Photo: So much to explore in Hanoi's art galleries.

Art galleries

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Hanoi offers an array of art galleries, from commercial ones pumping out appealing art and copies for the masses through to higher-end spaces, where you might pick up an original $5,000 piece from one of Vietnam's in-demand artists.



Lovely independent contemporary art centre Manzi, set in a colonial-era two-storey building, has a small but carefully curated collection of works by emerging artists upstairs, and a relaxed cafe/bar downstairs. When we last passed through they were showing a beautiful temporary exhibition of works by 1986-born Vo Tran Chau, the highlight of which was a long con, or an emperor's ritual garment, sewed together from pieces of fabric handed down by her ancestors.

Works on display at Apricot Gallery. Photo taken in or around Art galleries, Hanoi, Vietnam by Samantha Brown.

Works on display at Apricot Gallery. Photo: Samantha Brown

Founded by Suzanne Lecht in Hanoi in 2002, Art Vietnam is open by appointment only. It presents emerging and well established Vietnamese and foreign artists and while we haven't yet checked it out, Suzanne is extremely well regarded in Vietnam's art circles and would be an important contact for anyone interested in more serious pieces. Art Vietnam's website gives you a good idea of the kinds of work Vietnamese artists are producing and what you can expect to see.

It's no longer an official gallery, but you might find the door open at Salon Natasha, the Old Quarter home of Russian art expert and dealer Natasha Kraevskaia, who was married to the late provocative avant garde artist Vu Dan Tan. The shopfront remains scattered with artworks, and Natasha is passionate about Vietnamese art.

The Manzi gallery shop. Photo taken in or around Art galleries, Hanoi, Vietnam by Samantha Brown.

The Manzi gallery shop. Photo: Samantha Brown

Sumptuous Apricot Gallery offers commercially popular art downstairs, and as you head upstairs floor after floor the collection become more expensive; this is one of Hanoi's more extensive art galleries. You could easily lose an hour or two here immersed in the stunning paintings.

54 Traditions Gallery, housed in a nondescript building on Hang Bun Street, north of Old Quarter, is the only gallery focusing seriously on antiques. From the front it looks just like the frosted-glass entrance to a small office but inside it opens up into a five-storey treasure trove, full of antiquities from the ethnic minorities of Vietnam. If you have any interest in the subject of Vietnam’s ethnic minorities, then this is a must-visit. While the Museum of Ethnology is a more spacious venue and the Women’s Museum provides insight from a gendered perspective, 54 Traditions Gallery overwhelms the senses with antiques, artefacts and art crowding every surface. Galleries include tribal textiles, tribal tools, Shamanic arts paraphernalia and jewellery. All of the items on display are for sale, making for some special souvenirs. Each item comes with a detailed fact sheet, another indication of how much they understand and care about their collection. Mark, the co-owner, is often on hand to give guests an engaging tour of the collection. The gallery also conducts cultural activities, including tours of the Museum of Ethnology and the Museum of History and lectures.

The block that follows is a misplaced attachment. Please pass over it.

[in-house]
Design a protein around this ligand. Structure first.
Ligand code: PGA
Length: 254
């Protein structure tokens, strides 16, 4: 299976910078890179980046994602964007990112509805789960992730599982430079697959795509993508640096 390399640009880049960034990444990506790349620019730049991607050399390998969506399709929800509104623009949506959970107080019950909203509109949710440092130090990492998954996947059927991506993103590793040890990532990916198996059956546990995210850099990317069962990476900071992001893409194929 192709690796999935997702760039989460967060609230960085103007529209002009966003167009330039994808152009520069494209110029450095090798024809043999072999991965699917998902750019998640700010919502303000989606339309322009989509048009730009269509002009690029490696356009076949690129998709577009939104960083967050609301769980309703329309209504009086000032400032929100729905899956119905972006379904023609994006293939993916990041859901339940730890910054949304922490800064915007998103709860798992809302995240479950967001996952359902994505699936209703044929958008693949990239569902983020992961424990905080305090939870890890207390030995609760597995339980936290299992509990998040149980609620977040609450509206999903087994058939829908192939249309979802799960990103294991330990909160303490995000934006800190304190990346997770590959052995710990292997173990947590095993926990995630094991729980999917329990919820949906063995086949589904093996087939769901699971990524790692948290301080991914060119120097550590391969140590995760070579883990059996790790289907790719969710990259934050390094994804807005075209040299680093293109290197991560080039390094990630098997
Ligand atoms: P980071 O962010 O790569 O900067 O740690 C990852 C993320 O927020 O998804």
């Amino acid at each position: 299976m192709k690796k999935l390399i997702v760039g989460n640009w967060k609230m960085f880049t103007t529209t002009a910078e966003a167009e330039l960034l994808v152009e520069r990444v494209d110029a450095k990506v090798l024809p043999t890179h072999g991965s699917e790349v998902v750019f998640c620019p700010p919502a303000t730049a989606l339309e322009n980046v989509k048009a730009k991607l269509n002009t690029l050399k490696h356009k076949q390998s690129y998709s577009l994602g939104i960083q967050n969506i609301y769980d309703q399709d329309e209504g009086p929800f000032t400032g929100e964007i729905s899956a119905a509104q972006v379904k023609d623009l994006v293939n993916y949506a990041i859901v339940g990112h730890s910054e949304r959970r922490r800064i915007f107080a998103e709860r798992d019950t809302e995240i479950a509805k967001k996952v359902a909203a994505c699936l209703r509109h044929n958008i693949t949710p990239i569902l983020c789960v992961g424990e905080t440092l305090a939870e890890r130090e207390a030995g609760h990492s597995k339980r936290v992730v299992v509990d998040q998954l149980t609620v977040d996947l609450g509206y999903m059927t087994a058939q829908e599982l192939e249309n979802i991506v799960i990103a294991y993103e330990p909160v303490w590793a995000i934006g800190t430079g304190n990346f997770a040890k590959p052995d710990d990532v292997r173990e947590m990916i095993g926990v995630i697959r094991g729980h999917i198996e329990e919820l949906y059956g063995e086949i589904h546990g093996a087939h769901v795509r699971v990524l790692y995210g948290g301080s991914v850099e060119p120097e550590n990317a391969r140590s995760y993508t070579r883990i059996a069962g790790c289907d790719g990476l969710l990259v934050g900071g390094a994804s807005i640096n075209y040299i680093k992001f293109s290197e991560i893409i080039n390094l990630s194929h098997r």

A corner of Salon Natasha. Photo taken in or around Art galleries, Hanoi, Vietnam by Samantha Brown.

A corner of Salon Natasha. Photo: Samantha Brown

Keep an eye out too for temporary exhibitions going on at various cultural institutions based in Hanoi, such as the Goethe Institut, which has been particularly supportive of Vietnam’s visual arts community, L'Espace at the French Cultural Centre and the Korean Cultural Centre, where we saw an interesting contemporary exhibit while on Sophie's Art Tour, actually run in Hanoi by the highly knowledgeable Fabiola.

Anyone with a love of art would do well to join one of her tours, where you'll explore the beautiful National Fine Arts Museum, where information on artworks is otherwise very limited. The tour is a fascinating crash course in Vietnamese art and you'll be inspired to learn more on your own—and investigate more of the many galleries dotted across the capital.

54 Traditions Gallery: 30 Hang Bun, Hanoi; T: (04) 3715 0194, (04) 3715 1569; www.54traditions.com.vn.
Apricot Gallery: 40B Hang Bong, Hoan Kiem, Hanoi; (038) 288 965; www.apricot-artvietnam.com.
Goethe Institut: 56-58 Nguyen Thai Hoc, Hanoi; T: (04) 3734 2251; www.goethe.de.
Korean Cultural Centre: 49 Nguyen Du, Hai Ba Trung; T: (04) 3944 5980; vietnam.korean-culture.org.
L'Espace: 24 Trang Tien, Hanoi; (043) 936 2164; www.institutfrancais-vietnam.com.
Manzi: 14 Phan Huy Ich; T: (04) 3716 3397; www.facebook.com/manzihanoi; open daily 08:00-22:30.
Salon Natasha: 30 Hang Bong St, Hoan Kiem; T: (04) 3826 1387.
Sophie's Art Tour: T: (0168) 796 2575; sophiesarttour.com; tours priced at $65/1.5m dong for four hours.


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